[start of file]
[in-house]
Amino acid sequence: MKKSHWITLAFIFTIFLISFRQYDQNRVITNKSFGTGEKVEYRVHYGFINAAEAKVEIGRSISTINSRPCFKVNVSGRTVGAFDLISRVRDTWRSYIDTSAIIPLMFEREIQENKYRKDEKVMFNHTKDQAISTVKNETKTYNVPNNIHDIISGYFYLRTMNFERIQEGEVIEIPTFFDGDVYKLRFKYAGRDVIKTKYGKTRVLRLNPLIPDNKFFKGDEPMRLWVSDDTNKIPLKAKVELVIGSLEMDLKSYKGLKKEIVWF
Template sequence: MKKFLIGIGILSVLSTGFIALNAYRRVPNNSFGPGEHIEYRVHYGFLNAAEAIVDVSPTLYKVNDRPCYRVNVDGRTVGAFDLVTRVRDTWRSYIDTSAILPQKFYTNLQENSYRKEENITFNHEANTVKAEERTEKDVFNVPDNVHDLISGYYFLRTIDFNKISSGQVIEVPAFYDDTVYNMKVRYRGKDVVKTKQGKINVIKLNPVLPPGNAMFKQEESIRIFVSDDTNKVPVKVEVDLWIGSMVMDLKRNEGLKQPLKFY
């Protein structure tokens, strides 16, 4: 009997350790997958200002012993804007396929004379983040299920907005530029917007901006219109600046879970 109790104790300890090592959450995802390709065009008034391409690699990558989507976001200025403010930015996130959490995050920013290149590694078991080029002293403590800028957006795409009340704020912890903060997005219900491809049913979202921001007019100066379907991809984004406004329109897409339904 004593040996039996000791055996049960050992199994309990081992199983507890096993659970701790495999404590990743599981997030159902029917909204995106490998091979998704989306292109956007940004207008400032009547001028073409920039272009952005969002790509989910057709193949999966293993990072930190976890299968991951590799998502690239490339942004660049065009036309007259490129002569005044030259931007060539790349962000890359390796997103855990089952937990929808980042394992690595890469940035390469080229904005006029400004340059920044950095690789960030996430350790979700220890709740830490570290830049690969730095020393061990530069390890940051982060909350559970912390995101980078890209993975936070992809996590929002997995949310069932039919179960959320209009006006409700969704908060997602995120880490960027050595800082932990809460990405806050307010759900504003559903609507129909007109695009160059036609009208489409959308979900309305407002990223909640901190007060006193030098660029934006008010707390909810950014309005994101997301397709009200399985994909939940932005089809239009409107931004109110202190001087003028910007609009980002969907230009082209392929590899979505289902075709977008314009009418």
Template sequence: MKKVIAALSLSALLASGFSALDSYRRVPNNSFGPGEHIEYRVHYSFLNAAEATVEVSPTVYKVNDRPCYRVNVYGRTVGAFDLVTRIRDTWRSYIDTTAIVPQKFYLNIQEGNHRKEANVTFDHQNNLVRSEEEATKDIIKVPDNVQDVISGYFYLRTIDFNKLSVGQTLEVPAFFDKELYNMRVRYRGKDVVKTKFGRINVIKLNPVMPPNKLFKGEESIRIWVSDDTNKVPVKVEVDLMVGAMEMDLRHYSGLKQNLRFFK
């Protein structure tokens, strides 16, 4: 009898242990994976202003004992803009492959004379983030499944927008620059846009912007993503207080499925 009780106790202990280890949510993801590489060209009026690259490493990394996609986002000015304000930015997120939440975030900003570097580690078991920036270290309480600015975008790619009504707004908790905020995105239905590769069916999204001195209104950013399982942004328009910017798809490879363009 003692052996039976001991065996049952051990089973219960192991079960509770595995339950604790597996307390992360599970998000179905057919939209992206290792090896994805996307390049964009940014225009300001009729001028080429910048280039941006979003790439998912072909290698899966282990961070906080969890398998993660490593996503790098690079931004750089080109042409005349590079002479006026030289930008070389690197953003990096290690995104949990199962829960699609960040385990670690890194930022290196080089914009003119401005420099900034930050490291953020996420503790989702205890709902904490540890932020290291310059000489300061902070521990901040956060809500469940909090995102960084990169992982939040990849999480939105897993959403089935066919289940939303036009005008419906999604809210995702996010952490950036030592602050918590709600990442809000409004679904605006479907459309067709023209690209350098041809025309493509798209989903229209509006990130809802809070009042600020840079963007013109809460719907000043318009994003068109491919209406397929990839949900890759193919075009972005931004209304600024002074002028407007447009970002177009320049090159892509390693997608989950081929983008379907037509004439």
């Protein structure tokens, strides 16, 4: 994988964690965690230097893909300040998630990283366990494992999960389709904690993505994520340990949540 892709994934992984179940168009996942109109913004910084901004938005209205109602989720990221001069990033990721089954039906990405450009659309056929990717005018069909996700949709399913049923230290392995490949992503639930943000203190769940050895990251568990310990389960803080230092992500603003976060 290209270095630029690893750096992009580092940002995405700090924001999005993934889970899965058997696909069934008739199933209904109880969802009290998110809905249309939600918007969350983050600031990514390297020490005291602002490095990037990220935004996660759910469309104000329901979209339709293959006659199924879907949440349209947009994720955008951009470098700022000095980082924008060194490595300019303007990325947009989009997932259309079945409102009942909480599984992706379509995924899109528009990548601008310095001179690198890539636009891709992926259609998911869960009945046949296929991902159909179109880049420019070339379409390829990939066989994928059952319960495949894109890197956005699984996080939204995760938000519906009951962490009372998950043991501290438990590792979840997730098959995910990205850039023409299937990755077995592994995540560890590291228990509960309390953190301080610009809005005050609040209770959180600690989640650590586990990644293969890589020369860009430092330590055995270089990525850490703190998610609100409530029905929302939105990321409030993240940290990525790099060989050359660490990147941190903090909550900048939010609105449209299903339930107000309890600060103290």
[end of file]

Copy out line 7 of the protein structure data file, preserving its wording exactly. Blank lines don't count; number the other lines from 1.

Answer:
């Protein structure tokens, strides 16, 4: 994988964690965690230097893909300040998630990283366990494992999960389709904690993505994520340990949540 892709994934992984179940168009996942109109913004910084901004938005209205109602989720990221001069990033990721089954039906990405450009659309056929990717005018069909996700949709399913049923230290392995490949992503639930943000203190769940050895990251568990310990389960803080230092992500603003976060 290209270095630029690893750096992009580092940002995405700090924001999005993934889970899965058997696909069934008739199933209904109880969802009290998110809905249309939600918007969350983050600031990514390297020490005291602002490095990037990220935004996660759910469309104000329901979209339709293959006659199924879907949440349209947009994720955008951009470098700022000095980082924008060194490595300019303007990325947009989009997932259309079945409102009942909480599984992706379509995924899109528009990548601008310095001179690198890539636009891709992926259609998911869960009945046949296929991902159909179109880049420019070339379409390829990939066989994928059952319960495949894109890197956005699984996080939204995760938000519906009951962490009372998950043991501290438990590792979840997730098959995910990205850039023409299937990755077995592994995540560890590291228990509960309390953190301080610009809005005050609040209770959180600690989640650590586990990644293969890589020369860009430092330590055995270089990525850490703190998610609100409530029905929302939105990321409030993240940290990525790099060989050359660490990147941190903090909550900048939010609105449209299903339930107000309890600060103290």